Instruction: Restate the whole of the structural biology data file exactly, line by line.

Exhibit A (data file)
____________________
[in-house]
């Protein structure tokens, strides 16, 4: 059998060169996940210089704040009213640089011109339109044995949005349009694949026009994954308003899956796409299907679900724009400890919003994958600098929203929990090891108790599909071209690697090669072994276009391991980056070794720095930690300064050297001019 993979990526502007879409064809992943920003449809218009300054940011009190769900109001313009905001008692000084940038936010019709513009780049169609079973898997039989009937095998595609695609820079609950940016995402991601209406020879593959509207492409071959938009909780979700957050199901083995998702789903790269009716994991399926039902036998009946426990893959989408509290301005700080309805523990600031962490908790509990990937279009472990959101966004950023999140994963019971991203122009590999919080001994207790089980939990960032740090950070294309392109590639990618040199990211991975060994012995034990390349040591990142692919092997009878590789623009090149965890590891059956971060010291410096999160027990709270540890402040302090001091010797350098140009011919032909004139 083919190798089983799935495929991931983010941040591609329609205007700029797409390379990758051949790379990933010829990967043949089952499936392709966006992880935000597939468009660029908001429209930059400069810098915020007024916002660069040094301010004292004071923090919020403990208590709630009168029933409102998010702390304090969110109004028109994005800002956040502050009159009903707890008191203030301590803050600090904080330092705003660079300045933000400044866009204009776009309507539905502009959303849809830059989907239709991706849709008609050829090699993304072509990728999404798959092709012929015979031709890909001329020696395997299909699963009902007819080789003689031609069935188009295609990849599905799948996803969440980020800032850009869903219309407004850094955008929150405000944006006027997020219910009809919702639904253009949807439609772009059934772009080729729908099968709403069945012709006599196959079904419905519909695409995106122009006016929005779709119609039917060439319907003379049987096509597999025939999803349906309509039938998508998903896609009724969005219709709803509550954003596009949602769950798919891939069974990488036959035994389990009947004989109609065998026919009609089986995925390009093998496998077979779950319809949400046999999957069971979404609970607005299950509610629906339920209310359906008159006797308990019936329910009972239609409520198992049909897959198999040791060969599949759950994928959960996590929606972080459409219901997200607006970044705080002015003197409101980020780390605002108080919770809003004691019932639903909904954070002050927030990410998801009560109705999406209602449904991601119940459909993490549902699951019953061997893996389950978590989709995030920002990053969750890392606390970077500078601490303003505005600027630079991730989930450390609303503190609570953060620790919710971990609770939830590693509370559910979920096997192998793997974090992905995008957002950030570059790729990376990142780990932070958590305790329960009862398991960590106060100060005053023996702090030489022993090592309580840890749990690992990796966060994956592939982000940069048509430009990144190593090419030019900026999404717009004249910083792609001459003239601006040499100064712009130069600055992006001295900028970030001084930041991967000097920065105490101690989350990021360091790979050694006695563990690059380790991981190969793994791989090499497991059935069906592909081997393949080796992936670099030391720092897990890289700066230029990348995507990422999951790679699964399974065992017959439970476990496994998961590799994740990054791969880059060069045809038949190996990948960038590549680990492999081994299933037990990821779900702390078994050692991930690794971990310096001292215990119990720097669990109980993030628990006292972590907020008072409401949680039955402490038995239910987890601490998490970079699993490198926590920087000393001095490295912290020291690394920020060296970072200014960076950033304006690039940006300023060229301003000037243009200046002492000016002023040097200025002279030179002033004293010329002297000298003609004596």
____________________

[in-house]
């Protein structure tokens, strides 16, 4: 059998060169996940210089704040009213640089011109339109044995949005349009694949026009994954308003899956796409299907679900724009400890919003994958600098929203929990090891108790599909071209690697090669072994276009391991980056070794720095930690300064050297001019 993979990526502007879409064809992943920003449809218009300054940011009190769900109001313009905001008692000084940038936010019709513009780049169609079973898997039989009937095998595609695609820079609950940016995402991601209406020879593959509207492409071959938009909780979700957050199901083995998702789903790269009716994991399926039902036998009946426990893959989408509290301005700080309805523990600031962490908790509990990937279009472990959101966004950023999140994963019971991203122009590999919080001994207790089980939990960032740090950070294309392109590639990618040199990211991975060994012995034990390349040591990142692919092997009878590789623009090149965890590891059956971060010291410096999160027990709270540890402040302090001091010797350098140009011919032909004139 083919190798089983799935495929991931983010941040591609329609205007700029797409390379990758051949790379990933010829990967043949089952499936392709966006992880935000597939468009660029908001429209930059400069810098915020007024916002660069040094301010004292004071923090919020403990208590709630009168029933409102998010702390304090969110109004028109994005800002956040502050009159009903707890008191203030301590803050600090904080330092705003660079300045933000400044866009204009776009309507539905502009959303849809830059989907239709991706849709008609050829090699993304072509990728999404798959092709012929015979031709890909001329020696395997299909699963009902007819080789003689031609069935188009295609990849599905799948996803969440980020800032850009869903219309407004850094955008929150405000944006006027997020219910009809919702639904253009949807439609772009059934772009080729729908099968709403069945012709006599196959079904419905519909695409995106122009006016929005779709119609039917060439319907003379049987096509597999025939999803349906309509039938998508998903896609009724969005219709709803509550954003596009949602769950798919891939069974990488036959035994389990009947004989109609065998026919009609089986995925390009093998496998077979779950319809949400046999999957069971979404609970607005299950509610629906339920209310359906008159006797308990019936329910009972239609409520198992049909897959198999040791060969599949759950994928959960996590929606972080459409219901997200607006970044705080002015003197409101980020780390605002108080919770809003004691019932639903909904954070002050927030990410998801009560109705999406209602449904991601119940459909993490549902699951019953061997893996389950978590989709995030920002990053969750890392606390970077500078601490303003505005600027630079991730989930450390609303503190609570953060620790919710971990609770939830590693509370559910979920096997192998793997974090992905995008957002950030570059790729990376990142780990932070958590305790329960009862398991960590106060100060005053023996702090030489022993090592309580840890749990690992990796966060994956592939982000940069048509430009990144190593090419030019900026999404717009004249910083792609001459003239601006040499100064712009130069600055992006001295900028970030001084930041991967000097920065105490101690989350990021360091790979050694006695563990690059380790991981190969793994791989090499497991059935069906592909081997393949080796992936670099030391720092897990890289700066230029990348995507990422999951790679699964399974065992017959439970476990496994998961590799994740990054791969880059060069045809038949190996990948960038590549680990492999081994299933037990990821779900702390078994050692991930690794971990310096001292215990119990720097669990109980993030628990006292972590907020008072409401949680039955402490038995239910987890601490998490970079699993490198926590920087000393001095490295912290020291690394920020060296970072200014960076950033304006690039940006300023060229301003000037243009200046002492000016002023040097200025002279030179002033004293010329002297000298003609004596």